The Growing Jumbo Mortgage Market
The story of the jumbo mortgage loan market today seems to be one of expansion. The variety of homes bought with nonconforming mortgages is expanding, as is the group of homebuyers purchasing jumbo loans. Lenders are working hard to woo more jumbo loan customers, and the market is increasing regarding market share.
So, what does this story mean for the real estate industry and homebuyers? Today, we’ll take a deeper look at where the market stands, and where it’s headed.
What’s a Jumbo Loan, Again?
Jumbo loans, or nonconforming loans, are those that exceed the conforming loan limits of government-backed loans from Fannie Mae or Freddie Mac. Those limits, set by the Office of Federal Housing Enterprise Oversight at the Federal Housing Finance Agency, vary widely across the country, from $417,000 to $625,500.
While in most places homebuyers are still restricted to government-backed loan for less than $417,000, in so-called high-priced areas, that limit rises all the way up to $625,500. That brings us to our first story of the jumbo market expansion.
Conforming Loan Limits and Listing Prices Inch Up
While conforming loan limits were raised for some hotter markets in November 2015, as was expected, the FHFA decided not to lift the lower limit of $417,000. The reason was that home prices nationally haven’t yet surpassed pre-decline levels of 2007.
However, that’s not the case in a number of tight housing markets and economically strong metros. Far from preventing the need for jumbo loans in places like Denver, Boston, Seattle, and San Diego — which all saw their conforming loan limits rise for 2016 — conforming loan limit increases are working to keep up with rising property values.
As we noted last year, a Zillow study found the number of homes with price points that require a jumbo mortgage loan and 25-percent down payment increased 13 percent for the top 25 markets over the last four years.
In fact, jumbo loans aren’t just confined to markets like Manhattan or San Francisco. The same report found jumbo loan listings to be up in markets as diverse as Portland, Ore., Denver, and Detroit. In Portland, the number of homes that would require a jumbo loan nearly doubled from 2012 to 2015 to eight percent of listings. Denver also saw an 82.3 percent increase in the number of jumbo listings over the same period, despite that its conforming limit is higher. Even Detroit saw a 108-percent increase in the number of jumbo listings, which comprise 1.9 percent of the market, over the same period, pushed up by a customer base of auto executives and small business owners.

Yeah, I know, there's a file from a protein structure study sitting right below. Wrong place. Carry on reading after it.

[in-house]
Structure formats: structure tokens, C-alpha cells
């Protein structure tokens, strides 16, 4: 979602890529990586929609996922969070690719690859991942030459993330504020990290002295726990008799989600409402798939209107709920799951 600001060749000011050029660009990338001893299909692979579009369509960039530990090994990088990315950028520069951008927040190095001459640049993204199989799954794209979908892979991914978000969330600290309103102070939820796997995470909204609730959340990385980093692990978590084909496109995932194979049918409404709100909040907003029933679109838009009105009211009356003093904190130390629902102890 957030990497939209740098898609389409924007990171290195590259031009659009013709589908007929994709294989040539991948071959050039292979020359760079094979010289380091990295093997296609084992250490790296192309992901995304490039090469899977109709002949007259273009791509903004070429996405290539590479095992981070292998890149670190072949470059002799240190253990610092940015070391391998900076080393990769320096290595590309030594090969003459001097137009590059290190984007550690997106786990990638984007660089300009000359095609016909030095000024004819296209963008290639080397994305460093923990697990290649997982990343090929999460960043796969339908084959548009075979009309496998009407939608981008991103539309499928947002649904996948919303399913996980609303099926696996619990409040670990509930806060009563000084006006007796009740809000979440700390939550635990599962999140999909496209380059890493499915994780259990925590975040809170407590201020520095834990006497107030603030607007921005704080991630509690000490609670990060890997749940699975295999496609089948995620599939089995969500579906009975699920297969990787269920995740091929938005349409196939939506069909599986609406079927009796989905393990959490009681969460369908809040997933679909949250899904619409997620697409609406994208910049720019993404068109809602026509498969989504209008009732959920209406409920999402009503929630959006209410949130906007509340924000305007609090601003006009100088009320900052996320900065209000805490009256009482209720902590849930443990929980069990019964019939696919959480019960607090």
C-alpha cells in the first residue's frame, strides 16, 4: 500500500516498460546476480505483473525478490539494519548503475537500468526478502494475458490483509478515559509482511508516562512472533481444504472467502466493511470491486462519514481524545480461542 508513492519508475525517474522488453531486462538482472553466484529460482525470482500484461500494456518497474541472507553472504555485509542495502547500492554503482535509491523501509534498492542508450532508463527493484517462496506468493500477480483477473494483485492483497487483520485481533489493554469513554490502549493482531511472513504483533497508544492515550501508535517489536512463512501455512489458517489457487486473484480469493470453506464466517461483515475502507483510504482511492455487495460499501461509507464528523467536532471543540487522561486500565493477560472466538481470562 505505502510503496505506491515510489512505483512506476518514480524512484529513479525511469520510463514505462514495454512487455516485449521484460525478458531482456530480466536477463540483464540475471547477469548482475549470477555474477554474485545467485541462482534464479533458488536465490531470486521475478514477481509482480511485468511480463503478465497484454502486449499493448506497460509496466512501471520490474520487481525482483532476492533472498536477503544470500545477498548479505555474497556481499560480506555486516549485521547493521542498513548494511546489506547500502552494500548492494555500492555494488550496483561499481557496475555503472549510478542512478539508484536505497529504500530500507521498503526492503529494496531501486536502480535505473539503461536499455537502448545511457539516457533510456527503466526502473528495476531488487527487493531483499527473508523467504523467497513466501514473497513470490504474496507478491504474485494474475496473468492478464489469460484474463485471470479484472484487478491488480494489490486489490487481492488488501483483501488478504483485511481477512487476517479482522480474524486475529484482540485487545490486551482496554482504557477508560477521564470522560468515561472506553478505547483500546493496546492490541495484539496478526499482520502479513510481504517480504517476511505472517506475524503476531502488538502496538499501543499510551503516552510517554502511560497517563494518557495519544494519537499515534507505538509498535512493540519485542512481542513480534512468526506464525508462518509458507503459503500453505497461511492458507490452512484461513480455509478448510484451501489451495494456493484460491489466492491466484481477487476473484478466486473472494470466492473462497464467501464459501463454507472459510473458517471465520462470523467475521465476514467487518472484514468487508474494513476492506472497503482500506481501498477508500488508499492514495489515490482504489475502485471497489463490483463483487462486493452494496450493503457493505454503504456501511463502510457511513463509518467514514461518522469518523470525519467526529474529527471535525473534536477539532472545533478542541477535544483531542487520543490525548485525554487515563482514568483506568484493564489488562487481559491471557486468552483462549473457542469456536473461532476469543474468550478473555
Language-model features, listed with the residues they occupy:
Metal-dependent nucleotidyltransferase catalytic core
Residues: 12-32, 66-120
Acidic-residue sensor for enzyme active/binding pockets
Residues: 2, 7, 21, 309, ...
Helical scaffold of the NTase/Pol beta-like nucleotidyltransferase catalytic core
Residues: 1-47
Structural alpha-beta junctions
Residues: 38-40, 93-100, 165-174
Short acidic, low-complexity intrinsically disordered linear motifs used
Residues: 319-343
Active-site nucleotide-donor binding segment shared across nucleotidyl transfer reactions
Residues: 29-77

Meanwhile, the story for jumbo loan lending is also expanding. Pushed by demand from customers, increasing real estate values, and competition from other lenders, major mortgage lenders are easing their standards for nonconforming mortgages.
Wells Fargo was one of the first major lenders to take this step, with others soon following. In 2014, Wells Fargo dropped its FICO credit score requirements for jumbo loan borrowers from 720 to 700.
In August of 2015, JPMorgan Chase followed suit, saying it would accept applicants with as little as 15 percent down and scores of 680. Previously, the lender had required jumbo loan borrowers to meet a score of 740 and pay 20 percent or more down. Following the JPMorgan Chase announcement, Wells Fargo noted it would also accept scores of 680 on a case-by-case basis.
Another part of the lending story is the diversification of the jumbo lender market. Beyond traditional lenders, credit unions and online lenders, including Quicken Loans, Movement Mortgage, and Social Finance (SoFi), are capturing more of the jumbo mortgage market.
It was an online lender, Quicken Loans, which displaced Bank of America in Inside Mortgage Finance’s 2014 list of top mortgage lenders. SoFi used its valuation of $4 billion to finance $1.9 billion of mortgage loans in 2014, with an average jumbo loan value of $900,000. Online lender Movement Mortgage is also luring jumbo loan customers with straightforward processes and the promise of quick closings.
Even credit unions are expanding their footprint in the jumbo market. In December, San Francisco Federal Credit Union unveiled its new zero-down jumbo mortgage for loans of up to $2 million.
What’s Ahead for the Jumbo Mortgage Market
As for the direction things are headed in, the Wall Street Journal seemed optimistic last month that the jumbo loan market would continue to move in a positive direction.
“Unless the bottom falls out of the economy, jumbo lenders predict continued demand,” wrote the paper, citing Guy Cecala, CEO and publisher of Inside Mortgage Finance. The Journal noted regional lenders and nonbank lenders were able to take part in the jumbo market thanks to the enthusiasm of larger lenders to buy and hold the loans in their portfolios.
In fact, it was another strong year for jumbo loans, with $320 billion in jumbo loans financed in 2015. Jumbo loans reportedly accounted for 19 percent of all mortgage lending, an uptick from 18 percent in 2014.
Lastly, the Journal notes that jumbo interest rates are likely to remain favorable for borrowers this year, encouraging more jumbo loans. Keith Gumbinger, vice president of HSH.com, a mortgage rate website, told the paper rates could stay below four percent for a while longer and predicted it was unlikely for 30-year fixed-rate loans for jumbo mortgages to top 4.625 percent by the end of the year.
All in all, that’s good news for mortgage lenders and real estate professionals working in the jumbo marketplace, as well as for homeowners looking to buy a jumbo-priced home this year.